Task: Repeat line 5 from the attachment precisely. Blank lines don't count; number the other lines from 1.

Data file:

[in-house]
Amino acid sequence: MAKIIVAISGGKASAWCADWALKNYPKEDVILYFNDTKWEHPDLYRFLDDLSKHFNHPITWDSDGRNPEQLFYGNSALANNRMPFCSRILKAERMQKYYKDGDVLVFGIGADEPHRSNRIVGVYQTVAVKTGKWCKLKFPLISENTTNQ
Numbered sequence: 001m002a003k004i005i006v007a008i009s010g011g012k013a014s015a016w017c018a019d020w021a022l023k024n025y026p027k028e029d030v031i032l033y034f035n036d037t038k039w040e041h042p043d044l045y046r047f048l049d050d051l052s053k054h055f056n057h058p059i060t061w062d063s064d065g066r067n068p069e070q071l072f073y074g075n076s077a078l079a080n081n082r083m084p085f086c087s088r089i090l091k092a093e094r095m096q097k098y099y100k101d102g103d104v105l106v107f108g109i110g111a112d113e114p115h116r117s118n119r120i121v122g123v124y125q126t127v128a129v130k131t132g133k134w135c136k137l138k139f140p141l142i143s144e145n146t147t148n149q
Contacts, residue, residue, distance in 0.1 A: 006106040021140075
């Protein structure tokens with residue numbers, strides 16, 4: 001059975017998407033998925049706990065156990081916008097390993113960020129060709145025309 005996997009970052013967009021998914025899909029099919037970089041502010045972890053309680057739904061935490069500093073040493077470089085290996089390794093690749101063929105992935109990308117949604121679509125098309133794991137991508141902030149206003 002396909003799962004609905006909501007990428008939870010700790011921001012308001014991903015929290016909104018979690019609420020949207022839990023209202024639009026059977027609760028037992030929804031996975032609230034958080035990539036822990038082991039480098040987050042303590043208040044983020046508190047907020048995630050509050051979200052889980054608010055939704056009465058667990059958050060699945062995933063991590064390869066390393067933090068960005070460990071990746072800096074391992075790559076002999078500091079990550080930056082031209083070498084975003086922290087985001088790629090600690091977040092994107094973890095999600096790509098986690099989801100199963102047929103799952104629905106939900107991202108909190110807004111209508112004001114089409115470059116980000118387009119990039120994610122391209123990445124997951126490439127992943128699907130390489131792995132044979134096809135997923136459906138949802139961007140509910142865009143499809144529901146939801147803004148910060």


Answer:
């Protein structure tokens with residue numbers, strides 16, 4: 001059975017998407033998925049706990065156990081916008097390993113960020129060709145025309 005996997009970052013967009021998914025899909029099919037970089041502010045972890053309680057739904061935490069500093073040493077470089085290996089390794093690749101063929105992935109990308117949604121679509125098309133794991137991508141902030149206003 002396909003799962004609905006909501007990428008939870010700790011921001012308001014991903015929290016909104018979690019609420020949207022839990023209202024639009026059977027609760028037992030929804031996975032609230034958080035990539036822990038082991039480098040987050042303590043208040044983020046508190047907020048995630050509050051979200052889980054608010055939704056009465058667990059958050060699945062995933063991590064390869066390393067933090068960005070460990071990746072800096074391992075790559076002999078500091079990550080930056082031209083070498084975003086922290087985001088790629090600690091977040092994107094973890095999600096790509098986690099989801100199963102047929103799952104629905106939900107991202108909190110807004111209508112004001114089409115470059116980000118387009119990039120994610122391209123990445124997951126490439127992943128699907130390489131792995132044979134096809135997923136459906138949802139961007140509910142865009143499809144529901146939801147803004148910060």